To choose the right master’s degree program, consider your short- and long-term goals. If you want to become a health teacher, you’ll eventually need a master’s degree in education. In state and federal agencies, you may need a master’s degree in public health (with a community health education concentration), a master’s degree in community health, or a master’s degree in health promotion.
Keep in mind that getting a master’s degree or a doctorate in health education represents a significant commitment—usually two years or more, depending on whether you study full-time or part-time, on-campus or remotely. Don’t embark upon this educational path without thinking long and hard about whether the expense and the time investment will pay off.
A number of schools offer Master of Public Health degrees online. They include:
Some, but not all, employers require that health educators hold the Certified Health Education Specialist (CHES) credential or the Master Certified Health Education Specialist (MCHES) credential. These certifications are offered by the National Commission for Health Education Credentialing.
The CHES certification is for health educators at the start of their careers—anyone with a bachelor’s degree that included 25 semester hours of coursework related to health education can take the twice-yearly certification exam. They then have to complete 75 continuing education hours every five years to maintain that certification. The MCHES is for health educators with at least five years of professional experience in the field.
Health educators earn about $46,080 per year, according to the US Bureau of Labor Statistics. Your career outlook should be good; overall employment of health educators is projected to grow by 11 percent by 2028, which is much faster than the average for all jobs. That growth may be driven by an increasing awareness that healthcare costs go way down when people have the knowledge and the skills to practice preventative care.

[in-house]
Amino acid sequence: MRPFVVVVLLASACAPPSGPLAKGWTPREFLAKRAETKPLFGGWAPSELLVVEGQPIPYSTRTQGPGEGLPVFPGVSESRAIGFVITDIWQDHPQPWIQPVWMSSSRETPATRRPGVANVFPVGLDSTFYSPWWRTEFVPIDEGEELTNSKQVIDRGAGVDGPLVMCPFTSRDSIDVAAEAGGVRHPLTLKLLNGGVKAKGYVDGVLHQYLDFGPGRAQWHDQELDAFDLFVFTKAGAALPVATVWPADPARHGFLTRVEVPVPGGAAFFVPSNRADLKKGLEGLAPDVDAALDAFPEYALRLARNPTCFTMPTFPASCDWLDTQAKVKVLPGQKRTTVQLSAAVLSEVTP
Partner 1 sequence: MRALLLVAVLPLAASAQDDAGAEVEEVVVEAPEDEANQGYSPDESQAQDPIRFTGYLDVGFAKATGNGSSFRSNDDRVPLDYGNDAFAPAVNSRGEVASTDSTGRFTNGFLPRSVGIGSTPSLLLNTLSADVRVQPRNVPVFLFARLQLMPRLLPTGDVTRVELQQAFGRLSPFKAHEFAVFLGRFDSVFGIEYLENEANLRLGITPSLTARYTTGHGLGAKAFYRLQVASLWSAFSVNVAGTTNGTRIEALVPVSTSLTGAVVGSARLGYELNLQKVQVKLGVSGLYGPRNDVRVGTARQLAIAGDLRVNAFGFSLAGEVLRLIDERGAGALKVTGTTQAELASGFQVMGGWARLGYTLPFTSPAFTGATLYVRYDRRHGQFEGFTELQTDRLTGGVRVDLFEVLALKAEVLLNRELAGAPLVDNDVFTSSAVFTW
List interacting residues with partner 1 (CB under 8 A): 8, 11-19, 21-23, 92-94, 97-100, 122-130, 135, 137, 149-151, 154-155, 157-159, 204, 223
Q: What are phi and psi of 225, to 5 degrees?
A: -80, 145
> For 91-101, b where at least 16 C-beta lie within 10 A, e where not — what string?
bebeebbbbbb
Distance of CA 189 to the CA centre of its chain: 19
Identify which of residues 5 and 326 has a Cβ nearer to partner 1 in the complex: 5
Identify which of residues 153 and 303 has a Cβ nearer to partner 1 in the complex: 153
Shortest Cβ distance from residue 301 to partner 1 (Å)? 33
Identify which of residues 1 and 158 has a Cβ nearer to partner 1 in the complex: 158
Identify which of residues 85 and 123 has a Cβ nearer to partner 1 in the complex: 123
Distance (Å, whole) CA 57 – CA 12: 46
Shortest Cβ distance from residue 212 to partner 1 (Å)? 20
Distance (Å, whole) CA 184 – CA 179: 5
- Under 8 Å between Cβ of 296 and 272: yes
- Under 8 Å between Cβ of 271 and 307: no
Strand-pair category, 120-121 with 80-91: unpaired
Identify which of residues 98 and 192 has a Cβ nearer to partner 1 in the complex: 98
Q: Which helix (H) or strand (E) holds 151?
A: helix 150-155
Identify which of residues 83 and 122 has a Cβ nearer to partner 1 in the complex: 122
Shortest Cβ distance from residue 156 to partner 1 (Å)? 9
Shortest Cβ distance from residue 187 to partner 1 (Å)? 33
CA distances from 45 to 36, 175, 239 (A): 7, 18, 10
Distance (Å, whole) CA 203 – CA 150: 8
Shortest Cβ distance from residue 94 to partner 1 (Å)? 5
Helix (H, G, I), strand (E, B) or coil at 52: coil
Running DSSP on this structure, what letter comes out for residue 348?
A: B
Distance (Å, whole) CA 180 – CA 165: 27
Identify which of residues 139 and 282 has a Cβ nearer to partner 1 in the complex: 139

This is a rewarding career, albeit not an especially lucrative one. People have various reasons for choosing jobs in the public health field, but in general, they are driven not by money but by a desire to help individual people lead healthier lives and to spread information that promotes health and well-being in more populations. When you become a health educator, you will be able to see how your work positively impacts people in the present and in the future.
For some community health workers, that’s enough of a reward, and the relatively low salary potential isn’t a problem. These are the people who earn a bachelor’s degree and then build careers as health education specialists. If you want to help people and make more money, however, the best route might be to stay in school. You could potentially earn your MPH, work as a health educator for a few years, and then go on to earn a doctorate in health education or a doctorate in public health before moving into a better-paying community health director role.